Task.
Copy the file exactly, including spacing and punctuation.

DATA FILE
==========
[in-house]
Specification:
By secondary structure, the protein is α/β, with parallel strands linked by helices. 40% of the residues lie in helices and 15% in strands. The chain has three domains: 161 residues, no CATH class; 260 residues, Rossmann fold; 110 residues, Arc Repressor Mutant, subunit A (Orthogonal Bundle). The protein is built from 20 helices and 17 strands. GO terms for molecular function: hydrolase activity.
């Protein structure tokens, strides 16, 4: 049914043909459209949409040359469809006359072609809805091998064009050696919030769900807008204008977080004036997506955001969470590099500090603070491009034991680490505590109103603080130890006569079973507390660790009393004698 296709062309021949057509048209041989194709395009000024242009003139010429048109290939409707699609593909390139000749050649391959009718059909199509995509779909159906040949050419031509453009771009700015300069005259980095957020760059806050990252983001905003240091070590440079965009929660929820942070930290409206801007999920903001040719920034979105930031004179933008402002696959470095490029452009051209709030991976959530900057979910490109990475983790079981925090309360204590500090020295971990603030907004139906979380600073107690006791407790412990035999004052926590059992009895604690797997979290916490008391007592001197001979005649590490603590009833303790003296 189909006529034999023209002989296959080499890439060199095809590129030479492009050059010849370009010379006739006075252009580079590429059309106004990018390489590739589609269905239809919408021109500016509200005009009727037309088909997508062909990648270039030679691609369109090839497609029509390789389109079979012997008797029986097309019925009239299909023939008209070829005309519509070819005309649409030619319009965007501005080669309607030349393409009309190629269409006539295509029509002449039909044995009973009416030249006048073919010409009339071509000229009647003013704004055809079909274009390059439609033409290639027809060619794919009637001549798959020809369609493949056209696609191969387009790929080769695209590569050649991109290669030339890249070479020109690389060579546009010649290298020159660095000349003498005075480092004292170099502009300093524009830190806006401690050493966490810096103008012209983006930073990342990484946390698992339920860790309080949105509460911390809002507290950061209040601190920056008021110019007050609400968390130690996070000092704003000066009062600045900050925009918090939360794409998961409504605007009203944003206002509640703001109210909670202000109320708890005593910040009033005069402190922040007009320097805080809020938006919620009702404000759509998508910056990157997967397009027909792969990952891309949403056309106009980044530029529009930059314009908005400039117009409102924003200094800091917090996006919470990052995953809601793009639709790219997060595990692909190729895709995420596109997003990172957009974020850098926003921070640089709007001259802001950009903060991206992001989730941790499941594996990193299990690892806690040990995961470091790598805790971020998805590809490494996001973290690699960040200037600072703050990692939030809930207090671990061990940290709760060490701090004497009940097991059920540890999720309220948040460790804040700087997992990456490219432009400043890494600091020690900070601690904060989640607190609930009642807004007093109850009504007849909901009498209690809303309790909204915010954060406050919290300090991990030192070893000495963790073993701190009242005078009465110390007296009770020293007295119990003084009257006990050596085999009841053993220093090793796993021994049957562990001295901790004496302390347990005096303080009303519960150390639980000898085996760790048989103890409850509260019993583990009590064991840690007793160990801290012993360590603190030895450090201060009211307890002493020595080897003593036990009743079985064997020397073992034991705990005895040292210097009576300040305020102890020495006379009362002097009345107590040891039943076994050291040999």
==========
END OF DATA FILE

[in-house]
Specification:
By secondary structure, the protein is α/β, with parallel strands linked by helices. 40% of the residues lie in helices and 15% in strands. The chain has three domains: 161 residues, no CATH class; 260 residues, Rossmann fold; 110 residues, Arc Repressor Mutant, subunit A (Orthogonal Bundle). The protein is built from 20 helices and 17 strands. GO terms for molecular function: hydrolase activity.
């Protein structure tokens, strides 16, 4: 049914043909459209949409040359469809006359072609809805091998064009050696919030769900807008204008977080004036997506955001969470590099500090603070491009034991680490505590109103603080130890006569079973507390660790009393004698 296709062309021949057509048209041989194709395009000024242009003139010429048109290939409707699609593909390139000749050649391959009718059909199509995509779909159906040949050419031509453009771009700015300069005259980095957020760059806050990252983001905003240091070590440079965009929660929820942070930290409206801007999920903001040719920034979105930031004179933008402002696959470095490029452009051209709030991976959530900057979910490109990475983790079981925090309360204590500090020295971990603030907004139906979380600073107690006791407790412990035999004052926590059992009895604690797997979290916490008391007592001197001979005649590490603590009833303790003296 189909006529034999023209002989296959080499890439060199095809590129030479492009050059010849370009010379006739006075252009580079590429059309106004990018390489590739589609269905239809919408021109500016509200005009009727037309088909997508062909990648270039030679691609369109090839497609029509390789389109079979012997008797029986097309019925009239299909023939008209070829005309519509070819005309649409030619319009965007501005080669309607030349393409009309190629269409006539295509029509002449039909044995009973009416030249006048073919010409009339071509000229009647003013704004055809079909274009390059439609033409290639027809060619794919009637001549798959020809369609493949056209696609191969387009790929080769695209590569050649991109290669030339890249070479020109690389060579546009010649290298020159660095000349003498005075480092004292170099502009300093524009830190806006401690050493966490810096103008012209983006930073990342990484946390698992339920860790309080949105509460911390809002507290950061209040601190920056008021110019007050609400968390130690996070000092704003000066009062600045900050925009918090939360794409998961409504605007009203944003206002509640703001109210909670202000109320708890005593910040009033005069402190922040007009320097805080809020938006919620009702404000759509998508910056990157997967397009027909792969990952891309949403056309106009980044530029529009930059314009908005400039117009409102924003200094800091917090996006919470990052995953809601793009639709790219997060595990692909190729895709995420596109997003990172957009974020850098926003921070640089709007001259802001950009903060991206992001989730941790499941594996990193299990690892806690040990995961470091790598805790971020998805590809490494996001973290690699960040200037600072703050990692939030809930207090671990061990940290709760060490701090004497009940097991059920540890999720309220948040460790804040700087997992990456490219432009400043890494600091020690900070601690904060989640607190609930009642807004007093109850009504007849909901009498209690809303309790909204915010954060406050919290300090991990030192070893000495963790073993701190009242005078009465110390007296009770020293007295119990003084009257006990050596085999009841053993220093090793796993021994049957562990001295901790004496302390347990005096303080009303519960150390639980000898085996760790048989103890409850509260019993583990009590064991840690007793160990801290012993360590603190030895450090201060009211307890002493020595080897003593036990009743079985064997020397073992034991705990005895040292210097009576300040305020102890020495006379009362002097009345107590040891039943076994050291040999």